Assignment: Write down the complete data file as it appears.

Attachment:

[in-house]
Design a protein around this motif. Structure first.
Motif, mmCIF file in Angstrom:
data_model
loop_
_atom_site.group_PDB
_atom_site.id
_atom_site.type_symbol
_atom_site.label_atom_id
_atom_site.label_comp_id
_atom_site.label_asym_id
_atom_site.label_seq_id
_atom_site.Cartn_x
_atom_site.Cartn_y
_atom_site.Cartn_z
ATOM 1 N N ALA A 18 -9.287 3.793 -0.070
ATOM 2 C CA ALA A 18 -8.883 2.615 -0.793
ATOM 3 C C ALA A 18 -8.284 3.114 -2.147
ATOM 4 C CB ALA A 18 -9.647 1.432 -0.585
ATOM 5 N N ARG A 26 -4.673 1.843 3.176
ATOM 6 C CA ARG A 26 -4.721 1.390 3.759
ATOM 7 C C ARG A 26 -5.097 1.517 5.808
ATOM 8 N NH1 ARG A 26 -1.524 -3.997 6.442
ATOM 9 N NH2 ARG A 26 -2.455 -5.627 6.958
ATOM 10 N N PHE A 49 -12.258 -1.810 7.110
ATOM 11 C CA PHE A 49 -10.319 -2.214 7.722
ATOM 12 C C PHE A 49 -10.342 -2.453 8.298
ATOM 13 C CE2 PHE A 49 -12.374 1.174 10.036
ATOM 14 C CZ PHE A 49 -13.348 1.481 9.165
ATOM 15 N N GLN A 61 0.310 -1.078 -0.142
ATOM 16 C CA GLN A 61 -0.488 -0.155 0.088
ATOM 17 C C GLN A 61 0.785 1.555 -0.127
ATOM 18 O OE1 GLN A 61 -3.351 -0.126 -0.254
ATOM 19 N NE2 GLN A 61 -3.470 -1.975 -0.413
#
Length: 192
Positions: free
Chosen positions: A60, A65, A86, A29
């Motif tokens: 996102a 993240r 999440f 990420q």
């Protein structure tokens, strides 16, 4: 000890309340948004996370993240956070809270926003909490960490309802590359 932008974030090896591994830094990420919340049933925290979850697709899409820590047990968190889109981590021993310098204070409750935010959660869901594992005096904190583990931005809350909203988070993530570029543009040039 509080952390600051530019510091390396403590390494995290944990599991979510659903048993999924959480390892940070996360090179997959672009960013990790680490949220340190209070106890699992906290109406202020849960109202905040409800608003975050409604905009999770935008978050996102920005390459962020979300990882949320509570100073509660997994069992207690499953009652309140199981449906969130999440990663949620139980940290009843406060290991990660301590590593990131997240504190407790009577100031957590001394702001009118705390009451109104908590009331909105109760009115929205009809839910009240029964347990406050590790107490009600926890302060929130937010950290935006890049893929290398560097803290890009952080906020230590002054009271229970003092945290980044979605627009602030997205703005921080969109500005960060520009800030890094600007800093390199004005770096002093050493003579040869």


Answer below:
[in-house]
Design a protein around this motif. Structure first.
Motif, mmCIF file in Angstrom:
data_model
loop_
_atom_site.group_PDB
_atom_site.id
_atom_site.type_symbol
_atom_site.label_atom_id
_atom_site.label_comp_id
_atom_site.label_asym_id
_atom_site.label_seq_id
_atom_site.Cartn_x
_atom_site.Cartn_y
_atom_site.Cartn_z
ATOM 1 N N ALA A 18 -9.287 3.793 -0.070
ATOM 2 C CA ALA A 18 -8.883 2.615 -0.793
ATOM 3 C C ALA A 18 -8.284 3.114 -2.147
ATOM 4 C CB ALA A 18 -9.647 1.432 -0.585
ATOM 5 N N ARG A 26 -4.673 1.843 3.176
ATOM 6 C CA ARG A 26 -4.721 1.390 3.759
ATOM 7 C C ARG A 26 -5.097 1.517 5.808
ATOM 8 N NH1 ARG A 26 -1.524 -3.997 6.442
ATOM 9 N NH2 ARG A 26 -2.455 -5.627 6.958
ATOM 10 N N PHE A 49 -12.258 -1.810 7.110
ATOM 11 C CA PHE A 49 -10.319 -2.214 7.722
ATOM 12 C C PHE A 49 -10.342 -2.453 8.298
ATOM 13 C CE2 PHE A 49 -12.374 1.174 10.036
ATOM 14 C CZ PHE A 49 -13.348 1.481 9.165
ATOM 15 N N GLN A 61 0.310 -1.078 -0.142
ATOM 16 C CA GLN A 61 -0.488 -0.155 0.088
ATOM 17 C C GLN A 61 0.785 1.555 -0.127
ATOM 18 O OE1 GLN A 61 -3.351 -0.126 -0.254
ATOM 19 N NE2 GLN A 61 -3.470 -1.975 -0.413
#
Length: 192
Positions: free
Chosen positions: A60, A65, A86, A29
């Motif tokens: 996102a 993240r 999440f 990420q």
């Protein structure tokens, strides 16, 4: 000890309340948004996370993240956070809270926003909490960490309802590359 932008974030090896591994830094990420919340049933925290979850697709899409820590047990968190889109981590021993310098204070409750935010959660869901594992005096904190583990931005809350909203988070993530570029543009040039 509080952390600051530019510091390396403590390494995290944990599991979510659903048993999924959480390892940070996360090179997959672009960013990790680490949220340190209070106890699992906290109406202020849960109202905040409800608003975050409604905009999770935008978050996102920005390459962020979300990882949320509570100073509660997994069992207690499953009652309140199981449906969130999440990663949620139980940290009843406060290991990660301590590593990131997240504190407790009577100031957590001394702001009118705390009451109104908590009331909105109760009115929205009809839910009240029964347990406050590790107490009600926890302060929130937010950290935006890049893929290398560097803290890009952080906020230590002054009271229970003092945290980044979605627009602030997205703005921080969109500005960060520009800030890094600007800093390199004005770096002093050493003579040869």